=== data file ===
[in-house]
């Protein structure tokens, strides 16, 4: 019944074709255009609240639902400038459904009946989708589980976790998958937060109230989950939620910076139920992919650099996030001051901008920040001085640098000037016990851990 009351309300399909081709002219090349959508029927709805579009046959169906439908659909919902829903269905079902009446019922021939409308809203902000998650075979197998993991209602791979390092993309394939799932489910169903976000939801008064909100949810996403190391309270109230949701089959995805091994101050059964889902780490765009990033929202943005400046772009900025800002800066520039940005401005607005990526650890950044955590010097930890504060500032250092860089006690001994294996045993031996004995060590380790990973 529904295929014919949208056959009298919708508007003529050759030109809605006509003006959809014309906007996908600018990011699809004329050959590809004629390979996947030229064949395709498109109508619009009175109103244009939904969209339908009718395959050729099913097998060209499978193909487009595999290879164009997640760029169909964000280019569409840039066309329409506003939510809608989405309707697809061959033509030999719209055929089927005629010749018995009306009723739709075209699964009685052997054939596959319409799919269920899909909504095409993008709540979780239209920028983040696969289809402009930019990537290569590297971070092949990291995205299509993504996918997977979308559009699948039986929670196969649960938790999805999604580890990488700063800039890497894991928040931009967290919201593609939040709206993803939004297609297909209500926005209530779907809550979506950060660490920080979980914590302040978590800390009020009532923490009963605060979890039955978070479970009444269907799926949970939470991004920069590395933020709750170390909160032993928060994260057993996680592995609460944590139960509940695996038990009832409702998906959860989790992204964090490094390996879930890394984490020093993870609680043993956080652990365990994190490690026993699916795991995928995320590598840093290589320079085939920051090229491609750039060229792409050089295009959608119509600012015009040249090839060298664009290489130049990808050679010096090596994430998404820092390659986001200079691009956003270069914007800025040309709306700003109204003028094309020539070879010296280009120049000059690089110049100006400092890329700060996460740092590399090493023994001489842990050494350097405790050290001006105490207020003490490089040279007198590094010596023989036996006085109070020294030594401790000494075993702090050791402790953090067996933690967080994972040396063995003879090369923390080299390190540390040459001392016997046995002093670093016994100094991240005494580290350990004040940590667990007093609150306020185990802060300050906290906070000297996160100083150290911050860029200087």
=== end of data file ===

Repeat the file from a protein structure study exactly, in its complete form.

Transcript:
[in-house]
């Protein structure tokens, strides 16, 4: 019944074709255009609240639902400038459904009946989708589980976790998958937060109230989950939620910076139920992919650099996030001051901008920040001085640098000037016990851990 009351309300399909081709002219090349959508029927709805579009046959169906439908659909919902829903269905079902009446019922021939409308809203902000998650075979197998993991209602791979390092993309394939799932489910169903976000939801008064909100949810996403190391309270109230949701089959995805091994101050059964889902780490765009990033929202943005400046772009900025800002800066520039940005401005607005990526650890950044955590010097930890504060500032250092860089006690001994294996045993031996004995060590380790990973 529904295929014919949208056959009298919708508007003529050759030109809605006509003006959809014309906007996908600018990011699809004329050959590809004629390979996947030229064949395709498109109508619009009175109103244009939904969209339908009718395959050729099913097998060209499978193909487009595999290879164009997640760029169909964000280019569409840039066309329409506003939510809608989405309707697809061959033509030999719209055929089927005629010749018995009306009723739709075209699964009685052997054939596959319409799919269920899909909504095409993008709540979780239209920028983040696969289809402009930019990537290569590297971070092949990291995205299509993504996918997977979308559009699948039986929670196969649960938790999805999604580890990488700063800039890497894991928040931009967290919201593609939040709206993803939004297609297909209500926005209530779907809550979506950060660490920080979980914590302040978590800390009020009532923490009963605060979890039955978070479970009444269907799926949970939470991004920069590395933020709750170390909160032993928060994260057993996680592995609460944590139960509940695996038990009832409702998906959860989790992204964090490094390996879930890394984490020093993870609680043993956080652990365990994190490690026993699916795991995928995320590598840093290589320079085939920051090229491609750039060229792409050089295009959608119509600012015009040249090839060298664009290489130049990808050679010096090596994430998404820092390659986001200079691009956003270069914007800025040309709306700003109204003028094309020539070879010296280009120049000059690089110049100006400092890329700060996460740092590399090493023994001489842990050494350097405790050290001006105490207020003490490089040279007198590094010596023989036996006085109070020294030594401790000494075993702090050791402790953090067996933690967080994972040396063995003879090369923390080299390190540390040459001392016997046995002093670093016994100094991240005494580290350990004040940590667990007093609150306020185990802060300050906290906070000297996160100083150290911050860029200087």